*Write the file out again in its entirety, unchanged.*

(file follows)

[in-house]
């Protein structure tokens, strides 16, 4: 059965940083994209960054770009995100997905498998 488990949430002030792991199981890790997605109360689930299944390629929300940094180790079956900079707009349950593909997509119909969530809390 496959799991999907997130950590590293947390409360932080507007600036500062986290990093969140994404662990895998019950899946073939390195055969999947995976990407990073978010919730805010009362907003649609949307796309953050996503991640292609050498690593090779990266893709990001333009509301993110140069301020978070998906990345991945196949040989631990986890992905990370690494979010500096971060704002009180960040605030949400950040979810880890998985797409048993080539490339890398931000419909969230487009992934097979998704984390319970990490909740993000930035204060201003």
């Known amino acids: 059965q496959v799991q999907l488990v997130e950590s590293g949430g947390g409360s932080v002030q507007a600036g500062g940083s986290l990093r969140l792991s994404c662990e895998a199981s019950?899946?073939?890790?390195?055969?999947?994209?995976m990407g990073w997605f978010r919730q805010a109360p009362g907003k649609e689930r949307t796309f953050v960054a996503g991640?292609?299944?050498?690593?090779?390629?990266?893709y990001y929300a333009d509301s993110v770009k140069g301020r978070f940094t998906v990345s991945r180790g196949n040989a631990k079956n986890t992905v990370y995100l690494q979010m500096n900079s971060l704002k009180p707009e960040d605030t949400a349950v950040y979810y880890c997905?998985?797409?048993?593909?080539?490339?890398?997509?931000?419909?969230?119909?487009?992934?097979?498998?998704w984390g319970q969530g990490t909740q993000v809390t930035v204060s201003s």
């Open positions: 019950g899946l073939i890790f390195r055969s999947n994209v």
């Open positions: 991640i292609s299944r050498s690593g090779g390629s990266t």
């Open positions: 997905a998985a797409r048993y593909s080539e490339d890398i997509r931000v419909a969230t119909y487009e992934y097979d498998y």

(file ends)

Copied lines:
[in-house]
């Protein structure tokens, strides 16, 4: 059965940083994209960054770009995100997905498998 488990949430002030792991199981890790997605109360689930299944390629929300940094180790079956900079707009349950593909997509119909969530809390 496959799991999907997130950590590293947390409360932080507007600036500062986290990093969140994404662990895998019950899946073939390195055969999947995976990407990073978010919730805010009362907003649609949307796309953050996503991640292609050498690593090779990266893709990001333009509301993110140069301020978070998906990345991945196949040989631990986890992905990370690494979010500096971060704002009180960040605030949400950040979810880890998985797409048993080539490339890398931000419909969230487009992934097979998704984390319970990490909740993000930035204060201003």
């Known amino acids: 059965q496959v799991q999907l488990v997130e950590s590293g949430g947390g409360s932080v002030q507007a600036g500062g940083s986290l990093r969140l792991s994404c662990e895998a199981s019950?899946?073939?890790?390195?055969?999947?994209?995976m990407g990073w997605f978010r919730q805010a109360p009362g907003k649609e689930r949307t796309f953050v960054a996503g991640?292609?299944?050498?690593?090779?390629?990266?893709y990001y929300a333009d509301s993110v770009k140069g301020r978070f940094t998906v990345s991945r180790g196949n040989a631990k079956n986890t992905v990370y995100l690494q979010m500096n900079s971060l704002k009180p707009e960040d605030t949400a349950v950040y979810y880890c997905?998985?797409?048993?593909?080539?490339?890398?997509?931000?419909?969230?119909?487009?992934?097979?498998?998704w984390g319970q969530g990490t909740q993000v809390t930035v204060s201003s």
């Open positions: 019950g899946l073939i890790f390195r055969s999947n994209v």
């Open positions: 991640i292609s299944r050498s690593g090779g390629s990266t």
């Open positions: 997905a998985a797409r048993y593909s080539e490339d890398i997509r931000v419909a969230t119909y487009e992934y097979d498998y």